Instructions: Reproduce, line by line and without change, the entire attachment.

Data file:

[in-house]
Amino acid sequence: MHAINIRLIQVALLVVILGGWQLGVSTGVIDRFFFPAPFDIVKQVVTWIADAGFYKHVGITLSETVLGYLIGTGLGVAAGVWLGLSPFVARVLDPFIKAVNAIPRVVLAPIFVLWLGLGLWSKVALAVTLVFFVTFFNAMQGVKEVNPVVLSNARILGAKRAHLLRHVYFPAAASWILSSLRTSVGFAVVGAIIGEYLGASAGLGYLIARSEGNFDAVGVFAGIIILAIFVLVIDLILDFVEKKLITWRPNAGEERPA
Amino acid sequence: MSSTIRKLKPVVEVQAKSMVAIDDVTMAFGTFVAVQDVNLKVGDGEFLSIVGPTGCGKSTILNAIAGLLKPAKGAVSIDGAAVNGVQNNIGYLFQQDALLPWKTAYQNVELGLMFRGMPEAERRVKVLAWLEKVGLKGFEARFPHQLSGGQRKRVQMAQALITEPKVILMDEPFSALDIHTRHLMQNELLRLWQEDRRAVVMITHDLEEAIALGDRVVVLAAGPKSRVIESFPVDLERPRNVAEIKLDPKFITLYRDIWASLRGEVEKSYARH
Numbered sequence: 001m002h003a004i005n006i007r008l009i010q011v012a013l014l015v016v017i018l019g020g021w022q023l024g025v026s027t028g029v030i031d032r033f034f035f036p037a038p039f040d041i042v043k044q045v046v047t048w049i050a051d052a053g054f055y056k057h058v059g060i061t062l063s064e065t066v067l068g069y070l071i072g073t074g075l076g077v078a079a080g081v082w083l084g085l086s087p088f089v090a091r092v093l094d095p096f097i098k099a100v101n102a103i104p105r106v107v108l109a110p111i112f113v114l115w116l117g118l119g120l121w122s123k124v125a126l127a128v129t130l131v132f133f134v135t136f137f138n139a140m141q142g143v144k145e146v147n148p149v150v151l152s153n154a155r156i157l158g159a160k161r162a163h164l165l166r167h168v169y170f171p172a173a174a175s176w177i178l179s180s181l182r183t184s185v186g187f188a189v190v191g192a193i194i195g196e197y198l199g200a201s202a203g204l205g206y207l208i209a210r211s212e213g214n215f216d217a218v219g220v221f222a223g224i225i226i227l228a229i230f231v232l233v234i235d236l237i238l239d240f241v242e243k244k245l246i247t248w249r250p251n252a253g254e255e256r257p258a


[in-house]
Amino acid sequence: MHAINIRLIQVALLVVILGGWQLGVSTGVIDRFFFPAPFDIVKQVVTWIADAGFYKHVGITLSETVLGYLIGTGLGVAAGVWLGLSPFVARVLDPFIKAVNAIPRVVLAPIFVLWLGLGLWSKVALAVTLVFFVTFFNAMQGVKEVNPVVLSNARILGAKRAHLLRHVYFPAAASWILSSLRTSVGFAVVGAIIGEYLGASAGLGYLIARSEGNFDAVGVFAGIIILAIFVLVIDLILDFVEKKLITWRPNAGEERPA
Amino acid sequence: MSSTIRKLKPVVEVQAKSMVAIDDVTMAFGTFVAVQDVNLKVGDGEFLSIVGPTGCGKSTILNAIAGLLKPAKGAVSIDGAAVNGVQNNIGYLFQQDALLPWKTAYQNVELGLMFRGMPEAERRVKVLAWLEKVGLKGFEARFPHQLSGGQRKRVQMAQALITEPKVILMDEPFSALDIHTRHLMQNELLRLWQEDRRAVVMITHDLEEAIALGDRVVVLAAGPKSRVIESFPVDLERPRNVAEIKLDPKFITLYRDIWASLRGEVEKSYARH
Numbered sequence: 001m002h003a004i005n006i007r008l009i010q011v012a013l014l015v016v017i018l019g020g021w022q023l024g025v026s027t028g029v030i031d032r033f034f035f036p037a038p039f040d041i042v043k044q045v046v047t048w049i050a051d052a053g054f055y056k057h058v059g060i061t062l063s064e065t066v067l068g069y070l071i072g073t074g075l076g077v078a079a080g081v082w083l084g085l086s087p088f089v090a091r092v093l094d095p096f097i098k099a100v101n102a103i104p105r106v107v108l109a110p111i112f113v114l115w116l117g118l119g120l121w122s123k124v125a126l127a128v129t130l131v132f133f134v135t136f137f138n139a140m141q142g143v144k145e146v147n148p149v150v151l152s153n154a155r156i157l158g159a160k161r162a163h164l165l166r167h168v169y170f171p172a173a174a175s176w177i178l179s180s181l182r183t184s185v186g187f188a189v190v191g192a193i194i195g196e197y198l199g200a201s202a203g204l205g206y207l208i209a210r211s212e213g214n215f216d217a218v219g220v221f222a223g224i225i226i227l228a229i230f231v232l233v234i235d236l237i238l239d240f241v242e243k244k245l246i247t248w249r250p251n252a253g254e255e256r257p258a